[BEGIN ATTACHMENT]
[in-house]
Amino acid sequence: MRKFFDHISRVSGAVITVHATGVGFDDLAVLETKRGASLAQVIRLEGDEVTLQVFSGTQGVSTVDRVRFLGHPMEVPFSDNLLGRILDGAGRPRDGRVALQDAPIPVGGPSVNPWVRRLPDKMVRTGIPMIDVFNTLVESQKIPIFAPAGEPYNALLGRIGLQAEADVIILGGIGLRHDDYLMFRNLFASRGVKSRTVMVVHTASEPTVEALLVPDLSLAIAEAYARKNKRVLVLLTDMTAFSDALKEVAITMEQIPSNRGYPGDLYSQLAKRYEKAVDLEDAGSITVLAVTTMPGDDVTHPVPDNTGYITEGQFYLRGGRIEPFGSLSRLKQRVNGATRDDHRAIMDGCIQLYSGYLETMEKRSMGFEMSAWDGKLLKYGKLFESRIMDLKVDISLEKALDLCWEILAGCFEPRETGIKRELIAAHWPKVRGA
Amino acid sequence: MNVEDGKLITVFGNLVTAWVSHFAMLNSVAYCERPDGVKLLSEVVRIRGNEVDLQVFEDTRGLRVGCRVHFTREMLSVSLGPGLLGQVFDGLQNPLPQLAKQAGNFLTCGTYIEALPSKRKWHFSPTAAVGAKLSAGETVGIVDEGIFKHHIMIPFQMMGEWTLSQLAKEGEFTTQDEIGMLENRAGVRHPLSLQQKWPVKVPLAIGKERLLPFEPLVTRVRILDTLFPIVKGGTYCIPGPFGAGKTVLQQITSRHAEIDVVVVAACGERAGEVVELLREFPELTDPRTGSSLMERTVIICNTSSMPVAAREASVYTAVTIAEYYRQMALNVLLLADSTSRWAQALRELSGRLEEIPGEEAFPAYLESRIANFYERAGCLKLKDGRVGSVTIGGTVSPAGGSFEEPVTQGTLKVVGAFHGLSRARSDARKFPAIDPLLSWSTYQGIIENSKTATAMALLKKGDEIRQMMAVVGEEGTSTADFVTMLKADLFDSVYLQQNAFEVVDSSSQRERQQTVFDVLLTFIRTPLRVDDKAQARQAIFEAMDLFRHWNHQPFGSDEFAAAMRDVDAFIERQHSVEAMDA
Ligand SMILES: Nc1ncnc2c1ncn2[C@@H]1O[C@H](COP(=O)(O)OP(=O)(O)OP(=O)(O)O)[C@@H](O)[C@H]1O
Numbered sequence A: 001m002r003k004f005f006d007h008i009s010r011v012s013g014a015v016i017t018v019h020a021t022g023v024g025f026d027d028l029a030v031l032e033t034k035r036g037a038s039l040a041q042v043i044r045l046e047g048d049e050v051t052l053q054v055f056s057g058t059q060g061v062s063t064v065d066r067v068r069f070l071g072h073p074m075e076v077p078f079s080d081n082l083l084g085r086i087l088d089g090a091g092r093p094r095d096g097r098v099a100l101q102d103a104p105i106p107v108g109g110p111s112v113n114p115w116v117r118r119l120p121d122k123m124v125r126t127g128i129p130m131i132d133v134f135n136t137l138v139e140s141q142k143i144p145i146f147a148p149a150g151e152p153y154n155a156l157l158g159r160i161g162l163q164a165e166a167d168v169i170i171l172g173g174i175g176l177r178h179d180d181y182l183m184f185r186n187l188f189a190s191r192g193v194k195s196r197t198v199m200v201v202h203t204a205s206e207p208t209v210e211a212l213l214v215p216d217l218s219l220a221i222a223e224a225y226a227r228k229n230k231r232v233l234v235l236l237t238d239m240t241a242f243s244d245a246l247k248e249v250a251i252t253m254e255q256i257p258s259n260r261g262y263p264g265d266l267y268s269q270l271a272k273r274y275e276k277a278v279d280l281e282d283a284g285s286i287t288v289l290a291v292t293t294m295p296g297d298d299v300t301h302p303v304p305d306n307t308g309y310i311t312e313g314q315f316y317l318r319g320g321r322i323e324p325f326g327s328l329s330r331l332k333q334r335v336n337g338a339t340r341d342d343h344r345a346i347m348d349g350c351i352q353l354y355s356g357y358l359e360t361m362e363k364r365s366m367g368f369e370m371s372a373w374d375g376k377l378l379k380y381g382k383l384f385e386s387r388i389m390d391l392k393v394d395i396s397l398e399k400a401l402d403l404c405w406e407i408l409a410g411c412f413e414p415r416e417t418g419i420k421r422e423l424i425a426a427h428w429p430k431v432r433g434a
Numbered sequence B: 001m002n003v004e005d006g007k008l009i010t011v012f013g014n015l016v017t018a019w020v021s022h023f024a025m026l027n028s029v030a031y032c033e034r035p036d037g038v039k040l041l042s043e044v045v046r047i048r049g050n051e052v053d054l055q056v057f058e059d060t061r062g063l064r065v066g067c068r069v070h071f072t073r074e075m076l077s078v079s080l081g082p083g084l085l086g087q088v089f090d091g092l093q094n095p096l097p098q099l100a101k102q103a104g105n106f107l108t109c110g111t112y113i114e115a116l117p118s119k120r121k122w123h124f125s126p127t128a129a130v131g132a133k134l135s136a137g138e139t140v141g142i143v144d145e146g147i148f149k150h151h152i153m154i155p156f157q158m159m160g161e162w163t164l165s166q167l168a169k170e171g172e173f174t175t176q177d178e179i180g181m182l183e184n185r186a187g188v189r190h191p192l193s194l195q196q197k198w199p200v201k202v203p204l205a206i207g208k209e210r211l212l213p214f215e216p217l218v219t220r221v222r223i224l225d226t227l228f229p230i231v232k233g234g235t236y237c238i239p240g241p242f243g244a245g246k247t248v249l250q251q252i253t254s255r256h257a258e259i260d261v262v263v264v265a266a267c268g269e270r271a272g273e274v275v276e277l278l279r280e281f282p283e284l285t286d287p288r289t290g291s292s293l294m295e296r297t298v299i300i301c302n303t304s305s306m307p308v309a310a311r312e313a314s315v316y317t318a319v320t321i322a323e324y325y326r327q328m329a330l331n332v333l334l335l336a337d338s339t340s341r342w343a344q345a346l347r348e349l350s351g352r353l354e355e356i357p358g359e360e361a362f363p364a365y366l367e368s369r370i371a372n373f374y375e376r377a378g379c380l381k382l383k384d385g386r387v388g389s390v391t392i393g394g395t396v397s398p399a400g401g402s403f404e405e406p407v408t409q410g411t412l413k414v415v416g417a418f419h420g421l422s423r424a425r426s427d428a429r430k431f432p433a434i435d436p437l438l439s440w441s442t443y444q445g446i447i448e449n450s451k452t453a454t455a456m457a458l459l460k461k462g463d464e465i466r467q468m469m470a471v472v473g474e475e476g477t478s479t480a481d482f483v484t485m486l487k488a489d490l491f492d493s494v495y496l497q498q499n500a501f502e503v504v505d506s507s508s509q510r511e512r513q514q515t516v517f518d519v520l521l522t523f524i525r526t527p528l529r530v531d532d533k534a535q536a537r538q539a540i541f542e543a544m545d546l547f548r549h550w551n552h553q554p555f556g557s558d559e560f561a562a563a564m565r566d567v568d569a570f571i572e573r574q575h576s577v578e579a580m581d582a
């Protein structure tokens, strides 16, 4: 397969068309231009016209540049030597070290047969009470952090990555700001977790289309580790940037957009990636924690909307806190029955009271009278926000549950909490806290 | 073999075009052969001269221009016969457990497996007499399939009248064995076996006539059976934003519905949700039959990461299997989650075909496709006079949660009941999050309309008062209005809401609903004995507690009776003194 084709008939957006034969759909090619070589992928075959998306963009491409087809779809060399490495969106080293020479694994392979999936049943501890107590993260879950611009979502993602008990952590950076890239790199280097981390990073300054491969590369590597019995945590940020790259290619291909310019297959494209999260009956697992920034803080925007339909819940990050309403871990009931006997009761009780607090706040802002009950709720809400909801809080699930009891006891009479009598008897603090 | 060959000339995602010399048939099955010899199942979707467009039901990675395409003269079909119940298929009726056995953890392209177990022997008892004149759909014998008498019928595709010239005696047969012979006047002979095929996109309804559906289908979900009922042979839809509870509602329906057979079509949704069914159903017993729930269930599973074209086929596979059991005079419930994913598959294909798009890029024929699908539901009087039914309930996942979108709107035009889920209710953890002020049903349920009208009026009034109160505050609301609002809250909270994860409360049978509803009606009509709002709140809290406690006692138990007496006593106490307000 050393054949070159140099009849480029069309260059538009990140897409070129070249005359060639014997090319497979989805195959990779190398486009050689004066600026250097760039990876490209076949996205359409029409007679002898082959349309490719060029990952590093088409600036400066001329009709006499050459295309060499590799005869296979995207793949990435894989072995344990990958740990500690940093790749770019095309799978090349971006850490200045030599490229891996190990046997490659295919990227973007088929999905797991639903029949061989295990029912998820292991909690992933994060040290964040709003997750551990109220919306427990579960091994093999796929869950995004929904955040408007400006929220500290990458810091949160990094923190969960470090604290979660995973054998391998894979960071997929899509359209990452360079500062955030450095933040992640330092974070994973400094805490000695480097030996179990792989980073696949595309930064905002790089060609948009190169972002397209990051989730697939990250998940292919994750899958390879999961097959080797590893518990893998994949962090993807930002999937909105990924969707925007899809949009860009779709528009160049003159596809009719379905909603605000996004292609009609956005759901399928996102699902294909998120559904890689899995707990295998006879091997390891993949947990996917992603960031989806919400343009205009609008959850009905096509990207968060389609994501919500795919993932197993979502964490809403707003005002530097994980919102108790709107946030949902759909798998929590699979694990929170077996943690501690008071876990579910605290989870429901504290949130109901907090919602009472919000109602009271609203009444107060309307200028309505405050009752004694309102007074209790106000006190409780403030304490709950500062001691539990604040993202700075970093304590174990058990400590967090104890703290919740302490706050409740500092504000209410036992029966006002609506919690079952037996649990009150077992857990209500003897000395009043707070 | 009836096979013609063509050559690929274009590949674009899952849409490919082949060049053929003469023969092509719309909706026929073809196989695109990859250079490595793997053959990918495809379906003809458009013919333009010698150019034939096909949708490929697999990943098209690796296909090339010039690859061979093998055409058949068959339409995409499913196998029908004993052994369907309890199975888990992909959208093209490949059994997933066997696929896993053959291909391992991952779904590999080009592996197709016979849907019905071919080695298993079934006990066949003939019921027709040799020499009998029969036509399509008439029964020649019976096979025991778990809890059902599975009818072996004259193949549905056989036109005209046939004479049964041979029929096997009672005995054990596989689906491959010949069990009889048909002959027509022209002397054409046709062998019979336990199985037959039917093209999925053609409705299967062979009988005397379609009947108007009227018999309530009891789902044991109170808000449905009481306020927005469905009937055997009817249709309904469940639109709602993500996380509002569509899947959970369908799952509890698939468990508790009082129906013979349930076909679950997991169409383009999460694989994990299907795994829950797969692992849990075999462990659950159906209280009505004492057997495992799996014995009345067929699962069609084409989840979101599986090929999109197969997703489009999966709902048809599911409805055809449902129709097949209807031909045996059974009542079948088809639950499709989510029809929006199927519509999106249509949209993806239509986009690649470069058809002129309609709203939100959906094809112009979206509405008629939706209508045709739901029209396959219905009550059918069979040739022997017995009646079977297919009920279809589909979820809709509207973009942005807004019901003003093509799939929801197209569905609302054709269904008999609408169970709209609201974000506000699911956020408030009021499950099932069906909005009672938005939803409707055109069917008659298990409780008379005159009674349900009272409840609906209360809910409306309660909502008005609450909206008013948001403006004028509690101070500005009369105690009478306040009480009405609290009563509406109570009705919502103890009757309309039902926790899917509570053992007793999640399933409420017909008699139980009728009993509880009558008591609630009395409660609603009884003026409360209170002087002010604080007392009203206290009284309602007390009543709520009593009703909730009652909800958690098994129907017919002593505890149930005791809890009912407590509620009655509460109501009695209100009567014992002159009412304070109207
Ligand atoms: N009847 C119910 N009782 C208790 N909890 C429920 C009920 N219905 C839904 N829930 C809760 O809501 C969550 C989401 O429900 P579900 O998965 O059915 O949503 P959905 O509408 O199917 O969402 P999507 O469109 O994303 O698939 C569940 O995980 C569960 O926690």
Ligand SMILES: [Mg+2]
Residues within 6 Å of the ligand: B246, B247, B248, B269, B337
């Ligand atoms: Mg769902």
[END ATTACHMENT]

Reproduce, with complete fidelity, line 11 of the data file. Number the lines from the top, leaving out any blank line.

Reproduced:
């Ligand atoms: Mg769902």